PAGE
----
SleepyBrightEyez: That's a funny question. I get absorbed into all my songs as I write them. I guess if there was one piece that really took me by suprise, it would be "Phemaldehyde"- a song I wrote for a final exam in my college music composition class. I stayed awake literally all week working on the song. It drove me mad. It's really apparent in the song's tones and lyrics. I was lucky to have such a cool teacher. He advised me not to ever have it publically performed for fear it may cause a riot or something. It got me an A though, so hey!

Edgen: The hardest and longest was probably my recent film scoring job of the feature film called, "Firecracker". I co-scored the movie with my vocalist, LindsayAnne Klemm. We worked on this movie soundtrack for a few solid weeks and put our heart and souls into it. When it was all said and done, we had over an hours worth of music, $3000 worth of new sound sample libraries and a high-end sound card that still hasn't made it out of its box because I couldn't get it to work with my system at the time. Of course, during that time, we had a blast working together and we have decided to make scoring movies our full time jobs. Why not goto work to play? Otherwise, a job is pointless and you become one of those mindless drones to life. No one likes to go through the McDonalds drive through and have a disgruntled employee pissed off and deliberately messing up your order.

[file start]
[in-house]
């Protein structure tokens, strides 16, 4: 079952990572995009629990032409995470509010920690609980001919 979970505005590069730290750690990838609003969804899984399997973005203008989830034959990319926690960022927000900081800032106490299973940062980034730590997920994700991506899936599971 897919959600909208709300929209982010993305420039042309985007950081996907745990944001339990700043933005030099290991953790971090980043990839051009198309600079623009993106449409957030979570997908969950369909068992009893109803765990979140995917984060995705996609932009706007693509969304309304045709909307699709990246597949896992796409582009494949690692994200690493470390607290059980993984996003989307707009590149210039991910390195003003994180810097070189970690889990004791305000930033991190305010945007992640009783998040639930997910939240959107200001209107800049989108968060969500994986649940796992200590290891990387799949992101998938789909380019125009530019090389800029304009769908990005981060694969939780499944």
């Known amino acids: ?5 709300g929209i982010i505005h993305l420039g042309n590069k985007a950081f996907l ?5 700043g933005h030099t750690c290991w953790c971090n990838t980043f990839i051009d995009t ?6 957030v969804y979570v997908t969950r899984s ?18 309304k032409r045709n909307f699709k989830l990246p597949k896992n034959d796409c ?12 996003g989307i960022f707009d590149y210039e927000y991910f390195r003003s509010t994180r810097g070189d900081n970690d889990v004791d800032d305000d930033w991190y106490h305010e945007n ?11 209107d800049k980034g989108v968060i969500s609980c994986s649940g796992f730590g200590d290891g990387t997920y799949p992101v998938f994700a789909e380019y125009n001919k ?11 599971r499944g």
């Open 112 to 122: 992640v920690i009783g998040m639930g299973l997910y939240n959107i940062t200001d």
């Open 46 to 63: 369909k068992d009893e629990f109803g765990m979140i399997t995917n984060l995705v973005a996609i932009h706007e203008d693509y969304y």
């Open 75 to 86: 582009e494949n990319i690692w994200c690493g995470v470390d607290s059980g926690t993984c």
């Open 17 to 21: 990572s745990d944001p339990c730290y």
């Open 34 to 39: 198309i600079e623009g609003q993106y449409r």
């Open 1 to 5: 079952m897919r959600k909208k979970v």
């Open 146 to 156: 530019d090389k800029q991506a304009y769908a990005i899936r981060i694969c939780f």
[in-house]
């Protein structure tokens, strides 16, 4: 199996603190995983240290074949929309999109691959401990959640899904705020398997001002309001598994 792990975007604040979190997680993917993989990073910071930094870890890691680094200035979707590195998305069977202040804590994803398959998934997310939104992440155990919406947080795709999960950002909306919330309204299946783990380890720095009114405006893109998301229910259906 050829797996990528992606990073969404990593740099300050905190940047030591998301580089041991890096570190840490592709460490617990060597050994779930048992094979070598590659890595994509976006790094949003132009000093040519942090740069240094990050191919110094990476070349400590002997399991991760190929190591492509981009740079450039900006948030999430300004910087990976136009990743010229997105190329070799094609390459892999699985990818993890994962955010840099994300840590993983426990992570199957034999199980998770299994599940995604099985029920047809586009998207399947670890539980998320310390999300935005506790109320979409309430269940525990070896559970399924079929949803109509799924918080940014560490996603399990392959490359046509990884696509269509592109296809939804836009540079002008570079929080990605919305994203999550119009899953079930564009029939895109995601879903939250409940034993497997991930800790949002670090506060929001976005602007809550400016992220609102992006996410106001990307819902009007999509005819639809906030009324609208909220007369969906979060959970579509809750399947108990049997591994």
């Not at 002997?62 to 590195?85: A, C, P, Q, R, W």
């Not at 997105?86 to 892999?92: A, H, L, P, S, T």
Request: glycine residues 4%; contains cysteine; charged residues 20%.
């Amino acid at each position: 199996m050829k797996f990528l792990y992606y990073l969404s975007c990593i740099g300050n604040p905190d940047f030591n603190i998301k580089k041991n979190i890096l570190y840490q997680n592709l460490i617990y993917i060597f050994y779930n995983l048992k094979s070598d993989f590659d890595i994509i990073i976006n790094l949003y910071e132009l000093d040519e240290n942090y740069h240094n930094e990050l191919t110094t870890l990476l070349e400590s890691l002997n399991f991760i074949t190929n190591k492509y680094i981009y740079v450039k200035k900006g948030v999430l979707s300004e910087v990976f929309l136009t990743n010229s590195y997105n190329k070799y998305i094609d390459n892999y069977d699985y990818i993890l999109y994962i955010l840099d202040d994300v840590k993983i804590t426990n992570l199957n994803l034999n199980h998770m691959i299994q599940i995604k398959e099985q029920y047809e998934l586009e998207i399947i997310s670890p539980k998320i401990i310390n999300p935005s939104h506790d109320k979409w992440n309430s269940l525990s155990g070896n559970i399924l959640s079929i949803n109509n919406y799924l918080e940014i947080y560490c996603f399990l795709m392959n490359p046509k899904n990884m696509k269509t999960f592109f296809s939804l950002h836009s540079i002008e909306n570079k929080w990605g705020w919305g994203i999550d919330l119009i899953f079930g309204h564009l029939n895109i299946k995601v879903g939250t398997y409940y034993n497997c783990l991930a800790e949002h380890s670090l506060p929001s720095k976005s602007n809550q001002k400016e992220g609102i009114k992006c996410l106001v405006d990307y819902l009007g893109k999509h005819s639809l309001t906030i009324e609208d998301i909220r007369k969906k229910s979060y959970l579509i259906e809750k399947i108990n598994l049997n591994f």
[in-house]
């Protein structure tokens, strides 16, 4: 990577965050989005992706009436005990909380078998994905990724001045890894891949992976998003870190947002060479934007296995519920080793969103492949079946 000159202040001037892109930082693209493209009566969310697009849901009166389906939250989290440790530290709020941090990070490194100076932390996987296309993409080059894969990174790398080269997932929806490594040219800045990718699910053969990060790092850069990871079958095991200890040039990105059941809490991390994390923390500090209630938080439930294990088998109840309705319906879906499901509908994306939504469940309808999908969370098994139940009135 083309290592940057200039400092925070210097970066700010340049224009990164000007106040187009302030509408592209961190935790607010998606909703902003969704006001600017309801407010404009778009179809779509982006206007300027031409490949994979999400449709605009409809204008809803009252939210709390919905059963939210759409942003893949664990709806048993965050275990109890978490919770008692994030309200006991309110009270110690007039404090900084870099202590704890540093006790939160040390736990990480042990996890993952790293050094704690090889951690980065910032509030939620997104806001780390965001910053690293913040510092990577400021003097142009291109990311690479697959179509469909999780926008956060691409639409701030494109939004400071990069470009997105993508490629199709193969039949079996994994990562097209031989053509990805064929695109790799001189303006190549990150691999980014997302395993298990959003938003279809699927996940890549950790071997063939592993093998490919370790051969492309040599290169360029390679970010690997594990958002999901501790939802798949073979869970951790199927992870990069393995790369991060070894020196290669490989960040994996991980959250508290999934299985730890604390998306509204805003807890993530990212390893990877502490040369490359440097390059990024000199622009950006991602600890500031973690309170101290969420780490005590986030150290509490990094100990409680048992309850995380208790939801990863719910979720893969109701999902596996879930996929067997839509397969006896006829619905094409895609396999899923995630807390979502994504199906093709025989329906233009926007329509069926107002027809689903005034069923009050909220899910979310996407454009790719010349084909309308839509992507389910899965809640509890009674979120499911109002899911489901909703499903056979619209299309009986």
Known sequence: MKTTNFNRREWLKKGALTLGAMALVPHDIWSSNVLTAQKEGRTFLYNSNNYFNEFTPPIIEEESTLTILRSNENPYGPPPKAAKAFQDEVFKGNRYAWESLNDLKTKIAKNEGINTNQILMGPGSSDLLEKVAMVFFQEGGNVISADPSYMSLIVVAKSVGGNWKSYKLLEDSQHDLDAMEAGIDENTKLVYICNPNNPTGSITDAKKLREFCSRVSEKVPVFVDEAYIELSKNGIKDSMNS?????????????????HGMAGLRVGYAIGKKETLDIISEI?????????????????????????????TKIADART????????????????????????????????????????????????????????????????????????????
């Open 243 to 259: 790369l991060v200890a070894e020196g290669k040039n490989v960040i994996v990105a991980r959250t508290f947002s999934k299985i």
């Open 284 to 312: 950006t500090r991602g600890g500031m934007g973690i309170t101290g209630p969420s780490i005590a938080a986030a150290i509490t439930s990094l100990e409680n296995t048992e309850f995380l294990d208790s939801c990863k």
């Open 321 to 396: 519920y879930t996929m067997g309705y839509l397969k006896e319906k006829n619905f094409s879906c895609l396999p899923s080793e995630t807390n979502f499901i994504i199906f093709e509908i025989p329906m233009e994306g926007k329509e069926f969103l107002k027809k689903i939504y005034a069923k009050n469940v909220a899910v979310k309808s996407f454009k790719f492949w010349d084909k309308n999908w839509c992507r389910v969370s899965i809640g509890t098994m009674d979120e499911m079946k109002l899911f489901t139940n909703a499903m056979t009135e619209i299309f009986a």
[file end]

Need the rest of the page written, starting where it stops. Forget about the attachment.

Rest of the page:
tJY: What kind of setup do you have? Do you have any recommendations for people just starting out in music creation, either as a hobby or a profession?

SleepyBrightEyez: I record entirely on my PC. I have an AMD 1.4GB Athalon XP with 1GB of RAM. I use Reason for most of my sequencing and Sonar for all my audio mixing. Soundforge comes in handy for working on individual samples. I use Granulab for all my granular synthesis work. I have a midi keyboard, Roland V-Drums, 8-piece acoustic drum set, Photo-theremin, Akai sampler, "Bent" Speak and Read, Boss DR-202, Alesis Air FX, several guitars and many samples and virtual instruments. My advice for new composers and musicians is to try everything you can get your hands on and find out what works best for you. Everyone has specific needs and you will learn that you can never have enough of this equipment.